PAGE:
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Summary:

At first blush, the ways in which modeling vehicles after smartphones such as Apple’s iPhone could help usher in greener, more connected cars and trucks may not be obvious. But according to Scott Griffith, CEO of Zipcar, the country’s largest car-sharing network, that’s where we’re headed. […]

At first blush, the ways in which modeling vehicles after smartphones such as Apple’s iPhone could help usher in greener, more connected cars and trucks may not be obvious. But according to Scott Griffith, CEO of Zipcar, the country’s largest car-sharing network, that’s where we’re headed.

Griffith believes cars should be designed to function more like the wildly popular devices — with GPS, an intuitive user interface, a web connection and a set of standard applications to help drivers, say, manage their fuel consumption, plus an open platform that would allow third-party developers to provide software that could be customized for each driver. Loading cars with driver-facing tech could be key to boosting automakers’ margins on smaller, more fuel efficient vehicles (in recent years many of them have relied on bigger vehicles to carry their bottom lines, while barely making a profit on smaller cars) and making them commercially viable on the U.S. market. As Griffith noted, pointing to Zipcar subscribers by way of example, “This demographic will pay up for features.”

Zipcar isn’t the only startup looking to apply strategies from the cell phone industry to greener transportation models. With an eye to making plug-in vehicles affordable for the mass market, electric car infrastructure startup Better Place, which is working to build out battery charging and swapping stations, plans to provide batteries with mileage plans modeled after cell phone plans. Consumers would subscribe to a certain number of miles per month rather than paying up front for a battery (it’s the most expensive part of an electric vehicle and a major barrier to competitive pricing with conventional cars). This is similar to the way we end up repaying phone carriers’ device subsidies through monthly payments over a set contract period.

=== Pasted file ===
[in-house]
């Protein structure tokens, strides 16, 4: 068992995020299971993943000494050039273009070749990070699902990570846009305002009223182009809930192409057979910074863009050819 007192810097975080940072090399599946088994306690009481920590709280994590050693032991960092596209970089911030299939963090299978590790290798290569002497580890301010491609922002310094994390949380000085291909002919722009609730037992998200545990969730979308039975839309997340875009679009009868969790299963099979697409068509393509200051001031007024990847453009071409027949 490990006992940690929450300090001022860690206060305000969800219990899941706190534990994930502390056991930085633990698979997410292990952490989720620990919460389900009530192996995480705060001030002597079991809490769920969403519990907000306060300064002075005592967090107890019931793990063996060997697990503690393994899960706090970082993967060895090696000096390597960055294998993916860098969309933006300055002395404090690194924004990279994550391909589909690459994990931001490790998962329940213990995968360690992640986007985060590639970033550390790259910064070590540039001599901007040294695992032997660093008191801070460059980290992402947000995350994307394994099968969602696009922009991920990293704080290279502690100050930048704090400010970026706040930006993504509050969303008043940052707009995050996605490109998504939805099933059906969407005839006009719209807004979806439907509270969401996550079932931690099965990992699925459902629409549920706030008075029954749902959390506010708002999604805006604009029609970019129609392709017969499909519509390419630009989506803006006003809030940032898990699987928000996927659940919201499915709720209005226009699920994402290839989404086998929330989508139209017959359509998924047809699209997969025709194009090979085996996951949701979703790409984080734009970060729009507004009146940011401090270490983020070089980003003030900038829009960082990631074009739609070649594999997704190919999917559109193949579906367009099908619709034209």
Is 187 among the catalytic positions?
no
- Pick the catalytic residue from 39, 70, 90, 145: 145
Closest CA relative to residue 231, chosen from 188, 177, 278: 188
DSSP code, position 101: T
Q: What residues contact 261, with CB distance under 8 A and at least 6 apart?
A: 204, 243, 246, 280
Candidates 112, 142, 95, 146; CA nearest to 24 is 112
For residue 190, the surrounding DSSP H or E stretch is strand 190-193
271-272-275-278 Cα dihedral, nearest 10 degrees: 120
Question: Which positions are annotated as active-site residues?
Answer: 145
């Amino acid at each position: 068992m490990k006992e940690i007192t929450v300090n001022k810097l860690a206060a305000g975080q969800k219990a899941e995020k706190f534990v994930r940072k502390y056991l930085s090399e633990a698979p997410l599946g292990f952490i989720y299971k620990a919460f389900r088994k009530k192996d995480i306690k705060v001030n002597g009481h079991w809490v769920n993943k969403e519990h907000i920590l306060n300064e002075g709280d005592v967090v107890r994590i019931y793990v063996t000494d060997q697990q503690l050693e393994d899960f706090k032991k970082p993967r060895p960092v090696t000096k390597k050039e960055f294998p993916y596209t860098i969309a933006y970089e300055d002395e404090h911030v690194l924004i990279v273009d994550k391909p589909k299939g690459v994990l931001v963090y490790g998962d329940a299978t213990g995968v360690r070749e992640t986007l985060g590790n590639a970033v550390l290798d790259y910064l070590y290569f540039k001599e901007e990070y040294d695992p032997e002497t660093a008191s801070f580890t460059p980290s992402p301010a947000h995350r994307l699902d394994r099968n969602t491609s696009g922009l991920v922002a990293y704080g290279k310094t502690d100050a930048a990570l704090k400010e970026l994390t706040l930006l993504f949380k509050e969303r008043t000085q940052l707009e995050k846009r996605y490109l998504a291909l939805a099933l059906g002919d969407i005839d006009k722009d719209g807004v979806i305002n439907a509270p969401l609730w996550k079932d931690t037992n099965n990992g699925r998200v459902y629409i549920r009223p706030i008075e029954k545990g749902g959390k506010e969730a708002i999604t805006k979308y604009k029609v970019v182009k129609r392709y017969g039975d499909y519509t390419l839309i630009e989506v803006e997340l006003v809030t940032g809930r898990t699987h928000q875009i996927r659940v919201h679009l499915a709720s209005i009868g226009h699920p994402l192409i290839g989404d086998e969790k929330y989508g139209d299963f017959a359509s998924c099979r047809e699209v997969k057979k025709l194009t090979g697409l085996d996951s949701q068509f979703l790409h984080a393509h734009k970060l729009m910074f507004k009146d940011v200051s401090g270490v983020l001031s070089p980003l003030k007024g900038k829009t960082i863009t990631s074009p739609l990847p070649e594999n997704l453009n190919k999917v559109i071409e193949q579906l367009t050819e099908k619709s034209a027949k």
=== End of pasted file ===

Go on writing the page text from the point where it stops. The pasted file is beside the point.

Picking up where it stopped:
Beyond the possible benefits for automakers, the high-tech, low-bulk, connected model could also bring plug-in vehicles to the mass market and onto the grid since, as Griffith put it (and we’ve explained here), “Electric cars by nature have to be connected cars.” Of course, smartphone-inspired connected cars would also be a boon for car-sharing networks like Zipcar, City CarShare and Hertz. As Griffith explained, “We don’t want to go hang a lot of new hardware on the car.” With an open platform, cars could be equipped for the Zipcar fleet with little more than a software download.

Zipcar is working with major automakers to try to encourage development of this “ultimate car-sharing vehicle five or 10 years from now,” cooperating at a level that was unlikely not too long ago. According to Griffith, a major shift has taken place in the industry over the last 4-5 years, as many automakers have lost their “natural anxiety” about car-sharing as an alternative to vehicle ownership. Previously, he said, automakers seemed to wonder, “Is Zipcar friend or foe?” But at this point, he said, companies seem to realize that macro trends — a tough economy, higher gas prices, changes in urban planning priorities — rather than the rise of car-sharing are driving the move toward fewer cars in cities. Driving adoption of cleaner cars will likely take more time, but taking cues from other innovative industries could be a good start.

This article also appeared on BusinessWeek.com.

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